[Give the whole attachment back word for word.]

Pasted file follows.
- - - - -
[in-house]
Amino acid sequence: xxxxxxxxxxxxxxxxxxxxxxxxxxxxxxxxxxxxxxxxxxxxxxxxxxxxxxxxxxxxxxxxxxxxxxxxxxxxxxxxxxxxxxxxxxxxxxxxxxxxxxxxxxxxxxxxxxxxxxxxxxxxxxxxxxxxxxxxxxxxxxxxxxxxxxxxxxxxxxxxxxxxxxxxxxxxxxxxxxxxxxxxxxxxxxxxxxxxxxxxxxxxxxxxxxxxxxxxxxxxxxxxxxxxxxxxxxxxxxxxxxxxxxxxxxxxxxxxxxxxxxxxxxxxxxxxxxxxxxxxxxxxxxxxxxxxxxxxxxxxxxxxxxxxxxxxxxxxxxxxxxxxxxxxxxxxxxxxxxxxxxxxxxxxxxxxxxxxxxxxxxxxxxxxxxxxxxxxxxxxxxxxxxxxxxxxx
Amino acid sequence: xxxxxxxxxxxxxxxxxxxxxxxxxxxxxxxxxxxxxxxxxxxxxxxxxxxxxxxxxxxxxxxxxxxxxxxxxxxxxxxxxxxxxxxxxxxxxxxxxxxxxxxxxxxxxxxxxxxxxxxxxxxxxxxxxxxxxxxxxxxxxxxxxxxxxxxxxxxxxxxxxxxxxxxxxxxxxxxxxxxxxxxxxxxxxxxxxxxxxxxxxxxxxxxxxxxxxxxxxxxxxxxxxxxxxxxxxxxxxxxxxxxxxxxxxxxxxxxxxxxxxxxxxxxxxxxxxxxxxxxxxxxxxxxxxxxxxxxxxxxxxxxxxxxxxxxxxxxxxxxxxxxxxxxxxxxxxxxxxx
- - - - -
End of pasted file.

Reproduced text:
[in-house]
Amino acid sequence: xxxxxxxxxxxxxxxxxxxxxxxxxxxxxxxxxxxxxxxxxxxxxxxxxxxxxxxxxxxxxxxxxxxxxxxxxxxxxxxxxxxxxxxxxxxxxxxxxxxxxxxxxxxxxxxxxxxxxxxxxxxxxxxxxxxxxxxxxxxxxxxxxxxxxxxxxxxxxxxxxxxxxxxxxxxxxxxxxxxxxxxxxxxxxxxxxxxxxxxxxxxxxxxxxxxxxxxxxxxxxxxxxxxxxxxxxxxxxxxxxxxxxxxxxxxxxxxxxxxxxxxxxxxxxxxxxxxxxxxxxxxxxxxxxxxxxxxxxxxxxxxxxxxxxxxxxxxxxxxxxxxxxxxxxxxxxxxxxxxxxxxxxxxxxxxxxxxxxxxxxxxxxxxxxxxxxxxxxxxxxxxxxxxxxxxxx
Amino acid sequence: xxxxxxxxxxxxxxxxxxxxxxxxxxxxxxxxxxxxxxxxxxxxxxxxxxxxxxxxxxxxxxxxxxxxxxxxxxxxxxxxxxxxxxxxxxxxxxxxxxxxxxxxxxxxxxxxxxxxxxxxxxxxxxxxxxxxxxxxxxxxxxxxxxxxxxxxxxxxxxxxxxxxxxxxxxxxxxxxxxxxxxxxxxxxxxxxxxxxxxxxxxxxxxxxxxxxxxxxxxxxxxxxxxxxxxxxxxxxxxxxxxxxxxxxxxxxxxxxxxxxxxxxxxxxxxxxxxxxxxxxxxxxxxxxxxxxxxxxxxxxxxxxxxxxxxxxxxxxxxxxxxxxxxxxxxxxxxxxxx